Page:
Generate a Graeco-Latin square

05AB1E, 26 23 22 bytes

-3 bytes thanks to Emigna

-1 byte thanks to Kevin Cruijssen


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R, 164 148 bytes

-many bytes thanks to Giuseppe.


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Dramatically inefficient - I think it's even worse than other brute force approaches. Even for n=3, it will probably time out on TIO. Here is an alternate version (155 bytes) which works for n=3 in about 1 second.

Works by rejection. The function m draws a random matrix of integers between \$1\$ and \$n\$ (without forcing each integer to appear exactly \$n\$ times, or in different columns - this explains the slowness of the code, and is the only thing changed in the faster version). Call this function twice, to get the "latin" and "greek" squares l and g. Then we check:

  1. all(1:n^2%in%(n*l+g-n)): are there \$n^2\$ different pairs of values in l \$\times\$ g?
  2. are l and g latin squares?

To check that a matrix is a latin square, use the function !. Since point 1. above has been validated, we know that each integer appears \$n\$ times in each of l and g. Compute the column-wise sums of 2^l: these sums are all equal if and only if each integer appears once in each column (and the value of the sum is then \$2^{n+1}-2\$). If this is true for both l and its transpose t(l), then l is a latin square; same for g. The function sd, which computes the standard deviation, is an easy way to check whether all values of a vector are equal. Note that it doesn't work for the trivial cases \$n=0\$ and \$n=1\$ , which is OK according to the OP.

A final note: as often in R code golf, I used the variable T, which is initialized as TRUE, to gain a few bytes. But this means that when I needed the actual value TRUE in the definition of m (parameter replace in sample), I had to use 1 instead of T. Similarly, since I am redefining ! as a function different from negation, I had to use 1-all(...) instead of !all(...).

JavaScript (ES6),  159 147  140 bytes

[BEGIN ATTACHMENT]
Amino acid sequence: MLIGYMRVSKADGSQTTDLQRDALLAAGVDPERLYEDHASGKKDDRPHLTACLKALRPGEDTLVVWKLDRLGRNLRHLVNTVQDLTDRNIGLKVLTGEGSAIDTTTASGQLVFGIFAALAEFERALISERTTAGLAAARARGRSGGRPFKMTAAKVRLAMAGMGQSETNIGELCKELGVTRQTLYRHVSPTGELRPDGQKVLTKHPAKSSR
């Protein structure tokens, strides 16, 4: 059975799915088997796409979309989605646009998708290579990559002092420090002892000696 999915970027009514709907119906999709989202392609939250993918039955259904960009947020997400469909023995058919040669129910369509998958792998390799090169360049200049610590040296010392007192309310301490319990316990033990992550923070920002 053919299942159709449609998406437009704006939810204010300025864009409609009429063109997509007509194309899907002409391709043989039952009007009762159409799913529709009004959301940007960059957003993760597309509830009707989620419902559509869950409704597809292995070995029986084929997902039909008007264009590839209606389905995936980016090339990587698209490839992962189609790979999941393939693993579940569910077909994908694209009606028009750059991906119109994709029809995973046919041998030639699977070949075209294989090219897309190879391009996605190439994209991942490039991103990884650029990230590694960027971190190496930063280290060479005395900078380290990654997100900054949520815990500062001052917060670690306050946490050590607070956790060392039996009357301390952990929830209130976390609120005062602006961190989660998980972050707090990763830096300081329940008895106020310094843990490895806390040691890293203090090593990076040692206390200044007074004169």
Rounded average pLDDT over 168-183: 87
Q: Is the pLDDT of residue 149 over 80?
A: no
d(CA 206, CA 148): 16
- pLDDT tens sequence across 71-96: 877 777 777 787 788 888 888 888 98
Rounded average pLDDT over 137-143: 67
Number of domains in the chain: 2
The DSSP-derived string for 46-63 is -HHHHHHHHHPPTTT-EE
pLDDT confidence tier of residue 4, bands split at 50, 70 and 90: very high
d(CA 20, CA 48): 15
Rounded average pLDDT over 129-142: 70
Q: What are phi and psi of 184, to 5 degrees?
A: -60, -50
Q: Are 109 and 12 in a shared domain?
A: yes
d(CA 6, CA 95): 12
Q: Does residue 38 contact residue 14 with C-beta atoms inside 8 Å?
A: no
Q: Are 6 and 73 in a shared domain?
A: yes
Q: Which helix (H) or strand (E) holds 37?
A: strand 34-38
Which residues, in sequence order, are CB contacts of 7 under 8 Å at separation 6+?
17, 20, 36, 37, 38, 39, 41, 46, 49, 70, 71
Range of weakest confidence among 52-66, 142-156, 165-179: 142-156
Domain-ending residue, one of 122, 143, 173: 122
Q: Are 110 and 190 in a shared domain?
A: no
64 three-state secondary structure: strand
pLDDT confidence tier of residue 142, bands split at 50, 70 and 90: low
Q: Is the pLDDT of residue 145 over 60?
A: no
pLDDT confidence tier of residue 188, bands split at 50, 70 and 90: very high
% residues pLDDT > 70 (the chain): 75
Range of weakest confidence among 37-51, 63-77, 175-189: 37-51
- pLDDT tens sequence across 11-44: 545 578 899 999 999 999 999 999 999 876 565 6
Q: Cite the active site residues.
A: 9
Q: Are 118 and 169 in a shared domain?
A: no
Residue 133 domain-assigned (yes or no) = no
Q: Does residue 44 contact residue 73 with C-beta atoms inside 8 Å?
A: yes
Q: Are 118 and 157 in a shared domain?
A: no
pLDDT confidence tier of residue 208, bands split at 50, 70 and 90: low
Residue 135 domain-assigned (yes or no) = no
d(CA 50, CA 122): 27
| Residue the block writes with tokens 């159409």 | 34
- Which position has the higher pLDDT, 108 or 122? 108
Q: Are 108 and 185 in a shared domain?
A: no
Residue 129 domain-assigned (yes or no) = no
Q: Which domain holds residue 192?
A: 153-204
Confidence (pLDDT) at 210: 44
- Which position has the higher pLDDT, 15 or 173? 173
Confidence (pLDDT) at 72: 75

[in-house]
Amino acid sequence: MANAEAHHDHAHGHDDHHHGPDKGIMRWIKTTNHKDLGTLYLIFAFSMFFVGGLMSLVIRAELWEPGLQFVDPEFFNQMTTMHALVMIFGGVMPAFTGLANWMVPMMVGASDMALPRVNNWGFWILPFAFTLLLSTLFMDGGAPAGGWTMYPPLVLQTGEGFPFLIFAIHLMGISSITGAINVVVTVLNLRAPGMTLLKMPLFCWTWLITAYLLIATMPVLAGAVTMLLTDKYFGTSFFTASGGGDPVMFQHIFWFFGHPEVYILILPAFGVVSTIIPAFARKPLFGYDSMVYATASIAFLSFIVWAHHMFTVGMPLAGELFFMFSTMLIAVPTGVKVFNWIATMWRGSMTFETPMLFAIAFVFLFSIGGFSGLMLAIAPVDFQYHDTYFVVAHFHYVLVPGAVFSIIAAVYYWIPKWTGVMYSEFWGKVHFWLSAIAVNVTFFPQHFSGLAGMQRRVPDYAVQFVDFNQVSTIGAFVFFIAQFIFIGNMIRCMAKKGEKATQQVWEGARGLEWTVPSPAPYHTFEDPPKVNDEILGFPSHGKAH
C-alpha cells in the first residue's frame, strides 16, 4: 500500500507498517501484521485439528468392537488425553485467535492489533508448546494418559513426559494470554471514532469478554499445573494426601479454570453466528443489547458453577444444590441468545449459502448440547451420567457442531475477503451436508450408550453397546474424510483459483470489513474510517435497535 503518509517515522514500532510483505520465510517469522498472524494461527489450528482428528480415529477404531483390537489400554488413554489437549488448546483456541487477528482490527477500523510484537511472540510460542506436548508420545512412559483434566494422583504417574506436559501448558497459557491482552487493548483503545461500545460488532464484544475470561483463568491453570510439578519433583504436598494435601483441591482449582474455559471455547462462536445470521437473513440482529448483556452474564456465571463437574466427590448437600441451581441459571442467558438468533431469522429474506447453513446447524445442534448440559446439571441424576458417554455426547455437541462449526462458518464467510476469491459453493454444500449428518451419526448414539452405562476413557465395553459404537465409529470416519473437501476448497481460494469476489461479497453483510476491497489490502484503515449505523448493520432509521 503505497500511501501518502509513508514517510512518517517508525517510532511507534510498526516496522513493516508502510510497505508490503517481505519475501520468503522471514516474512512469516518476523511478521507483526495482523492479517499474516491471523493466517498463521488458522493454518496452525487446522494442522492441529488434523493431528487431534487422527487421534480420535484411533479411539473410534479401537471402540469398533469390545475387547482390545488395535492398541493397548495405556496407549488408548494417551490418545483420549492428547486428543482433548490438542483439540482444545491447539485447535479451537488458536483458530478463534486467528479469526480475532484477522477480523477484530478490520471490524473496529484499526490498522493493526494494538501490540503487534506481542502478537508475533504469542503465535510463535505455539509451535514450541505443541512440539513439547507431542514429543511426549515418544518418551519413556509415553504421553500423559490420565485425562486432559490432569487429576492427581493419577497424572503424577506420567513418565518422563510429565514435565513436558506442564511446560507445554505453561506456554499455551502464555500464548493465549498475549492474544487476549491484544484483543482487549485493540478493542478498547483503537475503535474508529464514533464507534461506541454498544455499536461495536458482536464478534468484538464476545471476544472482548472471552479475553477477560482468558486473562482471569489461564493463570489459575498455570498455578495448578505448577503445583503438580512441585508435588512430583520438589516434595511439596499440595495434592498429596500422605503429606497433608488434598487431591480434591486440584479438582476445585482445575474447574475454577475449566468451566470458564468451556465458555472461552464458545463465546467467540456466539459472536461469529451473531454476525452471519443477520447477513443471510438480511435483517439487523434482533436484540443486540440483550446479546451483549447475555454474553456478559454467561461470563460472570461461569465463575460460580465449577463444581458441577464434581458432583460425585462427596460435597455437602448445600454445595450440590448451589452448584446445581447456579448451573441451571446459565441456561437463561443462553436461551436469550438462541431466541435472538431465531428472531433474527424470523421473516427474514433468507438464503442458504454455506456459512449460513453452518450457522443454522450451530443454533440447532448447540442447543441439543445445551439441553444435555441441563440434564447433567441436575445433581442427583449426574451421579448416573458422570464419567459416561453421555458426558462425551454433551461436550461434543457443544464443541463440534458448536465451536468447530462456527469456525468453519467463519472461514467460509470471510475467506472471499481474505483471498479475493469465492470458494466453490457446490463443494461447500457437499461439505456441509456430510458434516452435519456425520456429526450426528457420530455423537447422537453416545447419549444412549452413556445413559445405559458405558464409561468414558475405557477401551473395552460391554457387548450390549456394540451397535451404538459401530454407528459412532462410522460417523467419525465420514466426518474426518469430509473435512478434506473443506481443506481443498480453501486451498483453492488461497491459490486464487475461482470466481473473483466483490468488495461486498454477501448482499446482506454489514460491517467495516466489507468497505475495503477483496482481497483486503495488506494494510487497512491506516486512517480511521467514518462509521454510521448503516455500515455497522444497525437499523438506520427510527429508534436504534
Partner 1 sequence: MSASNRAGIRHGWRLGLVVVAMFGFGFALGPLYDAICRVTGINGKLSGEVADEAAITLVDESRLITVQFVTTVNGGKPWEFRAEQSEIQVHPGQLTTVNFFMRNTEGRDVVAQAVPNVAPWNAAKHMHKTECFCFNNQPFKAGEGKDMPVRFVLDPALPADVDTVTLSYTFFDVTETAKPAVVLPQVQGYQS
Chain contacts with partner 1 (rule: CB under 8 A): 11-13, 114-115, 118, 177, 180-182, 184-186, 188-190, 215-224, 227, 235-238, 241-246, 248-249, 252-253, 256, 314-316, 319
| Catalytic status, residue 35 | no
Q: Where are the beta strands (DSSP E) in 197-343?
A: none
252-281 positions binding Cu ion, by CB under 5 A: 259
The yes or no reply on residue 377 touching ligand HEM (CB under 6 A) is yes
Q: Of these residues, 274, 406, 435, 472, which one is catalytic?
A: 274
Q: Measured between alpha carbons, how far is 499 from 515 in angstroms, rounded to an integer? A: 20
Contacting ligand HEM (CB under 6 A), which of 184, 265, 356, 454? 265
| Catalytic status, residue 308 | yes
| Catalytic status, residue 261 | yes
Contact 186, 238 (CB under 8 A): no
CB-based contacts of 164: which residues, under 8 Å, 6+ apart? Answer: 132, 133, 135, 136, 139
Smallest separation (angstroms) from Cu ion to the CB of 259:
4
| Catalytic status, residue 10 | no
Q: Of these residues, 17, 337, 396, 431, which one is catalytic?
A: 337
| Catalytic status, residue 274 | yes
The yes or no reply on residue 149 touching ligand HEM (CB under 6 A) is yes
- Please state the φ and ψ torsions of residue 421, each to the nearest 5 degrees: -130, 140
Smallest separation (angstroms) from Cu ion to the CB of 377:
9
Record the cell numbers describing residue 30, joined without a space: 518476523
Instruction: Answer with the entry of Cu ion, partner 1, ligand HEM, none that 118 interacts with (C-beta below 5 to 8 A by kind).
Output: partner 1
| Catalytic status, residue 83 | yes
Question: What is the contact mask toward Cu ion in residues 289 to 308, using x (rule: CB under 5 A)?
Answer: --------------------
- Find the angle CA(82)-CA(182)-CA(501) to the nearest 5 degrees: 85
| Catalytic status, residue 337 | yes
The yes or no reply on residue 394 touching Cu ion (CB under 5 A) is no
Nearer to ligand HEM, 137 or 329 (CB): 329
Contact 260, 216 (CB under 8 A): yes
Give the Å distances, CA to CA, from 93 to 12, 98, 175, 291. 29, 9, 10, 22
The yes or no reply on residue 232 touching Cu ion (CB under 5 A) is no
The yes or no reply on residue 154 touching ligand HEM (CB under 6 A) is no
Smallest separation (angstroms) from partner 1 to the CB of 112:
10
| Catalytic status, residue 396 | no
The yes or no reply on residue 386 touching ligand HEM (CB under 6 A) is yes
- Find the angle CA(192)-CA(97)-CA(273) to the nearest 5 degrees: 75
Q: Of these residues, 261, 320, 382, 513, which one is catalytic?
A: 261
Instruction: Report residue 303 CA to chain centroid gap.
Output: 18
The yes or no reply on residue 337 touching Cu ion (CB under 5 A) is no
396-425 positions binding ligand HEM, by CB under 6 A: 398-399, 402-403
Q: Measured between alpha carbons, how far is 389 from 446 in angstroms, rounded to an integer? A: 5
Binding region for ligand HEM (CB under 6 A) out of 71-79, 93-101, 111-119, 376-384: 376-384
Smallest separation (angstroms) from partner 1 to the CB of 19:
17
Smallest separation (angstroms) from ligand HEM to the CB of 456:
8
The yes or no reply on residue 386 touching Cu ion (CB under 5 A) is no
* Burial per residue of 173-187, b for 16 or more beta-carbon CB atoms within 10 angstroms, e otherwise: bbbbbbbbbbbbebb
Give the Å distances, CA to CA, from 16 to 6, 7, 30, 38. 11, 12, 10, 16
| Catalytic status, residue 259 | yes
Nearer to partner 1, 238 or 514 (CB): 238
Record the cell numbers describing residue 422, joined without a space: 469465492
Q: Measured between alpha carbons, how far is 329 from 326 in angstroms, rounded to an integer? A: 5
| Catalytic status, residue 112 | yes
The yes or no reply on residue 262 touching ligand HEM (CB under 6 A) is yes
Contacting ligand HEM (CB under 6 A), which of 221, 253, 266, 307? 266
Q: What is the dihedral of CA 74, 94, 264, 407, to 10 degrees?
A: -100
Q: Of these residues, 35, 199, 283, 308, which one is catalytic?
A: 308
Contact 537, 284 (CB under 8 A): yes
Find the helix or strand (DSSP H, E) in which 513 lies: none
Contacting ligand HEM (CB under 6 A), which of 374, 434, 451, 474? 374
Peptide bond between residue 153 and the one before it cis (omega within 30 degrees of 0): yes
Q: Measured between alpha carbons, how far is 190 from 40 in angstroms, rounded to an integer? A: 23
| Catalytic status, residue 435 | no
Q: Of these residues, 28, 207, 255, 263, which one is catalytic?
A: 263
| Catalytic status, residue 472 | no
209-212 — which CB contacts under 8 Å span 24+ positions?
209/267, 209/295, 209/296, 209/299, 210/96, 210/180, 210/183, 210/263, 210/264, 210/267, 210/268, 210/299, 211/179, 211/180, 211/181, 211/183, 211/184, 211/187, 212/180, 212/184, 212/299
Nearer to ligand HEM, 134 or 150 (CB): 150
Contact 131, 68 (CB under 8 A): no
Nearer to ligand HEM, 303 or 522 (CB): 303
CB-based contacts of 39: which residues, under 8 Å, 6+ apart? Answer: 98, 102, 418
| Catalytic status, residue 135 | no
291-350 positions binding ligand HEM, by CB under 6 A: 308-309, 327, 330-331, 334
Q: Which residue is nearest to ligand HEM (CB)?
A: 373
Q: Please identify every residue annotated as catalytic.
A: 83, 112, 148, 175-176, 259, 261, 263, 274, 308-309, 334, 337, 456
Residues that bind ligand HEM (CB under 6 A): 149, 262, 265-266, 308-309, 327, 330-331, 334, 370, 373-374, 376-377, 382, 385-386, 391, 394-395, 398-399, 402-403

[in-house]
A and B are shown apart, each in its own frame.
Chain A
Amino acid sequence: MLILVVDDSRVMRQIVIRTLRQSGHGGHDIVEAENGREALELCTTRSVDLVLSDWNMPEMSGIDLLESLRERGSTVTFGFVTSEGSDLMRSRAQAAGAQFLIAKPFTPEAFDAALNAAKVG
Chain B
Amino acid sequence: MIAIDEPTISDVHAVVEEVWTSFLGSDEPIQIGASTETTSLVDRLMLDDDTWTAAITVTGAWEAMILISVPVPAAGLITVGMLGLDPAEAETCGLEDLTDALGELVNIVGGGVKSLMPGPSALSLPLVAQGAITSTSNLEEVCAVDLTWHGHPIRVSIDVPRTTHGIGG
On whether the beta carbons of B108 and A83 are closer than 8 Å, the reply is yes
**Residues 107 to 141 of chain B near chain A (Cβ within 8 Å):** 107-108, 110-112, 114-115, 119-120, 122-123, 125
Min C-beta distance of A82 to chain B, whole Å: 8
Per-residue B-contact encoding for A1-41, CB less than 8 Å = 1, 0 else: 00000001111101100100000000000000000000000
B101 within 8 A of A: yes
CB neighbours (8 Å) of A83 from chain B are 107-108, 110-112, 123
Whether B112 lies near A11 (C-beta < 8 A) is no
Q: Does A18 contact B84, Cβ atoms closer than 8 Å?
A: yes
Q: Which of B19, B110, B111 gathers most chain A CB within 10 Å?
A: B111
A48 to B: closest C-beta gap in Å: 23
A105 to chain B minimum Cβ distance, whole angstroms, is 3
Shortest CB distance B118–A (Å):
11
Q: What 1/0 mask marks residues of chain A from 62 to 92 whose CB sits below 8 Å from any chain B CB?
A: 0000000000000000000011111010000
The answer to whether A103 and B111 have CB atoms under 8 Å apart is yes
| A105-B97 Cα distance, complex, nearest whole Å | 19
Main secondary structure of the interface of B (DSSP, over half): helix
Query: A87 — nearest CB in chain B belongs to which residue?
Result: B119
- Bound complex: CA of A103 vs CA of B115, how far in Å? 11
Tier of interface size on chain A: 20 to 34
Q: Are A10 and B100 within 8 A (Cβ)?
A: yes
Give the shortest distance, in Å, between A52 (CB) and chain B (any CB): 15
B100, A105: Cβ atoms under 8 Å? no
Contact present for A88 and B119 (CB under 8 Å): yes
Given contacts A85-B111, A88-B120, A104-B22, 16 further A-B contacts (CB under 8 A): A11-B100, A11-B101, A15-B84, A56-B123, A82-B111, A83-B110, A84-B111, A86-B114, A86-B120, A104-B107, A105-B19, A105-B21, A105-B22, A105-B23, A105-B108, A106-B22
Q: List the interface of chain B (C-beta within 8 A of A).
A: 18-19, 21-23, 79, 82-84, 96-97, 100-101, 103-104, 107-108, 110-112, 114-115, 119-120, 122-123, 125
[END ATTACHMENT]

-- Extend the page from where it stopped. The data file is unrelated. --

Returns a flat array of \$n\times n\$ pairs of non-negative integers.

This is a simple brute force search, and therefore very slow.


Try it online! (with prettified output)


n => (                      // n = input
  g = (                     // g is the recursive search function taking:
    m,                      //   m[] = flattened matrix
    j = 0,                  //   j   = current position in m[]
    X = n * n               //   X   = counter used to compute the current pair
  ) =>                      //
    j < n * n ?             // if j is less than n²:
      !X-- ||               //   abort right away if X is equal to 0; decrement X
      m.some(([x, y], i) => //   for each pair [x, y] at position i in m[]:
        (X == x) +          //     yield 1 if X is equal to x OR Y is equal to y
        (Y == y)            //     yield 2 if both values are equal
                            //     or yield 0 otherwise
        >                   //     test whether the above result is greater than:
        ( j / n ^ i / n &&  //       - 1 if i and j are neither on the same row
          j % n != i % n    //         nor the same column
        ),                  //       - 0 otherwise
                            //     initialization of some():
        g(m, j, X),         //       do a recursive call with all parameters unchanged
        Y = X / n | 0,      //       start with Y = floor(X / n)
        X %= n              //       and X = X % n
      ) ?                   //   end of some(); if it's falsy (or X was equal to 0):
        o                   //     just return o[]
      :                     //   else:
        g(                  //     do a recursive call:
          [...m, [X, Y]],   //       append [X, Y] to m[]
          j + 1             //       increment j
        )                   //     end of recursive call
    :                       // else:
      o = m                 //   success: update o[] to m[]
)(o = [])                   // initial call to g with m = o = []


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